“But Moses said to God, ‘Who am I that I should go to Pharaoh and bring the Israelites out of Egypt?’ And God said, ‘I will be with you. And this will be the sign to you that it is I who have sent you: When you have brought the people out of Egypt, you will worship God on this mountain.’” (Exodus 3:11-12)
Less than a week before Passover, the Temple Mount Sifting Project has released news of a rare amulet found in Jerusalem’s Tzurim Valley National Park on the western slope of the Mount of Olives.
The amulet bears the name of the Egyptian ruler Thutmose III, Pharaoh of the Eighteenth Dynasty, who reigned from c. 1479–1426 BC.
Neshama Spielman, 12, uncovered the amulet while sifting through the earth that had been illegally bulldozed and discarded from the Temple Mount grounds by Palestinian workers.
“While I was sifting, I came across a piece of pottery that was different from others I had seen, and I immediately thought that maybe I had found something special,” said 12-year old Spielman in a press release. “It’s amazing to find something thousands of years old from ancient Egypt all the way here in Jerusalem! Celebrating Passover this year is going to be extra meaningful to me.”
The amulet is designed as a pendant with a loop on top for hanging on a string. The bottom half of the amulet is missing, but the remainder measures 21 mm wide, 4 mm thick and 16 mm long, according to the IAA.
The Temple Mount Sifting Project began in 2004 with the sole mission of sorting and analyzing dirt and debris that had been recklessly removed and discarded from the Temple Mount compound in 1999 by components of the Islamic Waqf, the Jordanian-controlled force in charge of the daily administration of the Temple Mount.
Removing truckloads of earth without the professional oversight and approval of the Israel Antiquities Authority did untold damage to the archaeological history of the Holy Temple of Jerusalem, specifically the area known as Solomon’s Stables.
Despite the destruction of dateable layers of history, archaeologists Zachi Dvira and Dr. Gabriel Barkay launched the Sifting Project in which thousands of young and old volunteers come from around the world every year to salvage what they can from the discarded dirt.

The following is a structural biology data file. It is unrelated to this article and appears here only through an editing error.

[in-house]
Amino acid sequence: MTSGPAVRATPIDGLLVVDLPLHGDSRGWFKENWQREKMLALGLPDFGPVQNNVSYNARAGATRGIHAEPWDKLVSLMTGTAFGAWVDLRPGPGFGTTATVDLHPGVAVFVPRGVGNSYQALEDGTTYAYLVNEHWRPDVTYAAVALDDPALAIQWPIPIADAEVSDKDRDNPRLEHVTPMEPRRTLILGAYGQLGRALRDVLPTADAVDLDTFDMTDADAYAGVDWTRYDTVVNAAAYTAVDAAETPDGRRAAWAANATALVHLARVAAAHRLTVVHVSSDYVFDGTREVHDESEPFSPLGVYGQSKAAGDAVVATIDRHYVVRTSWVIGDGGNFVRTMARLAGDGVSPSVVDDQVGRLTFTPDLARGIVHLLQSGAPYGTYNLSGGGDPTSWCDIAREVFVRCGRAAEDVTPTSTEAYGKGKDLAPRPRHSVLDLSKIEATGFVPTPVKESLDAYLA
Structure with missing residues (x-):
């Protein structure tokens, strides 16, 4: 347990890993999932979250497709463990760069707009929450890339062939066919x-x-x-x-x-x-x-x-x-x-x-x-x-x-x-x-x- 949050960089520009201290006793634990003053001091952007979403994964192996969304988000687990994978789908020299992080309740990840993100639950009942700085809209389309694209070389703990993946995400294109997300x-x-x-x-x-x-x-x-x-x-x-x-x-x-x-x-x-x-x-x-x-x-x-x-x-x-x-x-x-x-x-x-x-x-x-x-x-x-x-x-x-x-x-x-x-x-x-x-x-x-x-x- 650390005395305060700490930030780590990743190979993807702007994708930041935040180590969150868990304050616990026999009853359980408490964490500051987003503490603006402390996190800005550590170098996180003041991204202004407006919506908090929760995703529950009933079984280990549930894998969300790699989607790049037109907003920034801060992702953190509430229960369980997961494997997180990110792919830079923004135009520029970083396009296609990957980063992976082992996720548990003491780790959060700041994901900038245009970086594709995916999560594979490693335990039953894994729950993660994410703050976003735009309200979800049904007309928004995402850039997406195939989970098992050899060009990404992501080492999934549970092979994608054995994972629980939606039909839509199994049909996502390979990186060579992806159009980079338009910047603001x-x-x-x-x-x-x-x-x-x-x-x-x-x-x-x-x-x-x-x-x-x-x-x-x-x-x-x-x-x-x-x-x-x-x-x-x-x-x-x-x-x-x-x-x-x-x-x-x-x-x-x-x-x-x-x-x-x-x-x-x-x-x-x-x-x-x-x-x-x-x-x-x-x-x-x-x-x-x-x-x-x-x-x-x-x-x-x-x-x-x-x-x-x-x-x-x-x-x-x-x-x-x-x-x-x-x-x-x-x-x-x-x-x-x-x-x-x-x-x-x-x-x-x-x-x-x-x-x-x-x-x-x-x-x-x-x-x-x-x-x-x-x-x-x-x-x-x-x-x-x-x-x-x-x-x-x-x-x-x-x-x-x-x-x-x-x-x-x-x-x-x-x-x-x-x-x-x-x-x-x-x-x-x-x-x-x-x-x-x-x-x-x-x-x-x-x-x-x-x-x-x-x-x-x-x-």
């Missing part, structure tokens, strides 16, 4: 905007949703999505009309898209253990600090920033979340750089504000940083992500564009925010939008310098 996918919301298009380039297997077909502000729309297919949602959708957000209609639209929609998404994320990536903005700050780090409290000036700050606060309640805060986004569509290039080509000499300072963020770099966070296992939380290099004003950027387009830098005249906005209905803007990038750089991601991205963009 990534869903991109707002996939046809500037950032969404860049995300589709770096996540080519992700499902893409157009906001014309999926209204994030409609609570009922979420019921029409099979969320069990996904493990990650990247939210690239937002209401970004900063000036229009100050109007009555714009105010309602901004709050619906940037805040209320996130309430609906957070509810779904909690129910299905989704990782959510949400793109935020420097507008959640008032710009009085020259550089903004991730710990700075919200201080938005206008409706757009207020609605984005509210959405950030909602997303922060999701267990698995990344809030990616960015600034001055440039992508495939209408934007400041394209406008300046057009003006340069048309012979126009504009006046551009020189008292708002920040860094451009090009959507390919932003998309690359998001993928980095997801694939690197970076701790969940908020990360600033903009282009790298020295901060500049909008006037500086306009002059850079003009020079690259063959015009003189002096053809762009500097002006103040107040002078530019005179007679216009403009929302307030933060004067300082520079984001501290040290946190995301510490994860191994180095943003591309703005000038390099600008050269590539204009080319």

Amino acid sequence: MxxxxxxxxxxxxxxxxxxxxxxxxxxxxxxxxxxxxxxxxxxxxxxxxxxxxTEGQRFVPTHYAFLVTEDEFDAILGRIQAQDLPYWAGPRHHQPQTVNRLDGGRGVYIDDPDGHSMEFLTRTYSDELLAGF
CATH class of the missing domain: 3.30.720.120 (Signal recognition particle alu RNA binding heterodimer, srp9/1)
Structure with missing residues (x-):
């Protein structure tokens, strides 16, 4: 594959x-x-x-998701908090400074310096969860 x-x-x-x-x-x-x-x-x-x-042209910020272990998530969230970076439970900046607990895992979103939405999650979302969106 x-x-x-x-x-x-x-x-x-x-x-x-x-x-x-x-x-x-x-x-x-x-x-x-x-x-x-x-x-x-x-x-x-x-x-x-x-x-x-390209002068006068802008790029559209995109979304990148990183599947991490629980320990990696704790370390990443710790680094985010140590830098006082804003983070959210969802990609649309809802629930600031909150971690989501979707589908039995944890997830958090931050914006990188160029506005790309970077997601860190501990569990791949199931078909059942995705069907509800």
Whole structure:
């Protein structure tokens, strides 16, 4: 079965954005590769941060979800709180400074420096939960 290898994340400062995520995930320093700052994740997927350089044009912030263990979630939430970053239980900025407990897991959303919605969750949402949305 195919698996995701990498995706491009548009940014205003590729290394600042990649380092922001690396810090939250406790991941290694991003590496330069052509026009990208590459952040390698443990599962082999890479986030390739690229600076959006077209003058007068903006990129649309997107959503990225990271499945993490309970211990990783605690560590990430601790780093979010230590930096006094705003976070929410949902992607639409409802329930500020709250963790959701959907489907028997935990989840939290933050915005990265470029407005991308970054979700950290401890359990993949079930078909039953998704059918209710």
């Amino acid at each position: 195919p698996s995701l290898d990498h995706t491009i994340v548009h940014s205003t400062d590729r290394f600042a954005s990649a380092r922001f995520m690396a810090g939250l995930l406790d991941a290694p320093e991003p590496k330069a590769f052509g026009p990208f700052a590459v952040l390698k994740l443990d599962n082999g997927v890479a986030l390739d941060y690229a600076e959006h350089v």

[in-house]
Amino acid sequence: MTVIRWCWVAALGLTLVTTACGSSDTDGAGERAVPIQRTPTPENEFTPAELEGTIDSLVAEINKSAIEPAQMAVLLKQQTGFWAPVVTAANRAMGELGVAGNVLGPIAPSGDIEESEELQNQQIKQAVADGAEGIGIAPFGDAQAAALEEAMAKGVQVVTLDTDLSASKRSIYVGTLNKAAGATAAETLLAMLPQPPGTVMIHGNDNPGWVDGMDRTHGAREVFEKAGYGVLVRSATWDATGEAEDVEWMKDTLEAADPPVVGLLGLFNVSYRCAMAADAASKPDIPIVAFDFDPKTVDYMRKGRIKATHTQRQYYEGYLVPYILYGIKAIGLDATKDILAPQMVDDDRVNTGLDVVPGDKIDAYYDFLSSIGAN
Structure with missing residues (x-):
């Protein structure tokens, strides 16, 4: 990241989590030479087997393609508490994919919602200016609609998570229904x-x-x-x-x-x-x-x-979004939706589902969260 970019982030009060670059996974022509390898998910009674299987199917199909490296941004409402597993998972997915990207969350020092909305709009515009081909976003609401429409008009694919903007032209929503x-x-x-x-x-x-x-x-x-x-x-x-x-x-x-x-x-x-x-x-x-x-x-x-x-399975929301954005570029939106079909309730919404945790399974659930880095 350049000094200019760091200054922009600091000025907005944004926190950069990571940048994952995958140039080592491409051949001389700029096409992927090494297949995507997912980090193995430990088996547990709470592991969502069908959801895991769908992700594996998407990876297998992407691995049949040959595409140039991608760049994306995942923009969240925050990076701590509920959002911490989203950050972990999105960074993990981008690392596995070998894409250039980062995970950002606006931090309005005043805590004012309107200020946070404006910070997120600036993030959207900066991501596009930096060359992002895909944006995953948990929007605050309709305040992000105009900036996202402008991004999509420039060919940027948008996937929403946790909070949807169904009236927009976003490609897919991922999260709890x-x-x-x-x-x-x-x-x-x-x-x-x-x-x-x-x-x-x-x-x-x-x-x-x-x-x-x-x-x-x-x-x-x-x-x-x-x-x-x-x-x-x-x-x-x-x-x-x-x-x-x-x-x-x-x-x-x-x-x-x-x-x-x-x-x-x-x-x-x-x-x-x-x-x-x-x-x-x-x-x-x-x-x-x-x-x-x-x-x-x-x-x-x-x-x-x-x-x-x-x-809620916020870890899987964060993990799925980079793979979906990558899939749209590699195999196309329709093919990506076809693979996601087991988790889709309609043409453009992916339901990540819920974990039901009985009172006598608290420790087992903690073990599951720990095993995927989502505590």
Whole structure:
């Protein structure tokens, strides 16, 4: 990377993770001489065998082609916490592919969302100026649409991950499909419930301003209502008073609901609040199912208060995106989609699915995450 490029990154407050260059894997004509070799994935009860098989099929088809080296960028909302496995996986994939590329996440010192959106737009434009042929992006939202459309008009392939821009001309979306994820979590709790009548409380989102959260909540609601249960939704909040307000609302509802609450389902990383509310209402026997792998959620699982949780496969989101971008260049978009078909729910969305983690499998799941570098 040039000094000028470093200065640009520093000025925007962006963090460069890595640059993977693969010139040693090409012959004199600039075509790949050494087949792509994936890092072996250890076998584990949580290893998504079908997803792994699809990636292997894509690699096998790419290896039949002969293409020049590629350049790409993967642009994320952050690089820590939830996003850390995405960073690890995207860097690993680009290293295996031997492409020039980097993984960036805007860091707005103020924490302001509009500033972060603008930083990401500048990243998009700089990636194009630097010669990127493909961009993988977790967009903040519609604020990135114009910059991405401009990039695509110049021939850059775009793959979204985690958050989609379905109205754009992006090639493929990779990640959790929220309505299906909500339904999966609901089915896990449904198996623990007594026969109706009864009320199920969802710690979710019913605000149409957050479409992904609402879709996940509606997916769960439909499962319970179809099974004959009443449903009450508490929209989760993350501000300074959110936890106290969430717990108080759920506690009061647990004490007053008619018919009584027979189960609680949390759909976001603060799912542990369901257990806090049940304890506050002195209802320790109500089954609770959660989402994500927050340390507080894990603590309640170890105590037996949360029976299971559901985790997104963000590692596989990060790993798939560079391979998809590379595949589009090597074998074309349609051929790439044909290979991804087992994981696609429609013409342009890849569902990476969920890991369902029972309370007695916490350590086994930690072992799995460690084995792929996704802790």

While Israelis are remembering the nation’s Exodus from Egypt during this Passover week, the amulet’s timely identification hails back 3,200 years to the reign of Thutmose III, who is described as one of the most important pharaohs of Egypt’s New Kingdom and “the creator of Egypt’s wealth.” (DiscoveringEgypt)
Even though Thutmose III is known to have “referred to himself as ‘the one who has subdued a thousand cities,’ … it is known that for more than 300 years, during the Late Bronze Age, Canaan, and the city state of Jerusalem were under Egyptian dominion, likely explaining the presence of this amulet in Jerusalem,” writes the Sifting Project press release.
“Thutmose III is credited with having transformed Egypt into an international superpower,” writes Breaking Israel News. His unusually long 54-year reign was marked by “a series of military campaigns to re-assert Egypt’s control and to expand its borders,” states The Ohio State University (OSU) Department of History.
“According to the Stele of Thutmose III, over 350 cities fell to the Egyptians under his rule. There is little doubt that his numerous campaigns were extremely successful,” the OSU website states. “He has in fact been referred to as the ‘Napoleon of ancient Egypt’ because of his military expansion.”
Meanwhile, another Egyptian amulet, which was cleaned and catalogued in time for Passover, was discovered at Tel Dor, a principal port city in ancient times.
A birdwatcher happened upon the amulet, which functions as a scarab seal. It had likely become exposed after the winter’s heavy rains.
“The scarab belonged to a very senior figure in the kingdom, probably the viceroy responsible for the royal treasury,” Ayelet Gilboa of the University of Haifa, co-head of excavations at Tel Dor, said in a statement.
“The role of the seal’s owner was similar to that of Joseph in Pharaoh’s kingdom after he interpreted Pharaoh’s dreams,’ she said.
“Since the scarab had rolled off the mound and was not found in its archaeological context, we will probably never really know when and how it got here and where it has been,” Gilboa said. (Ynet)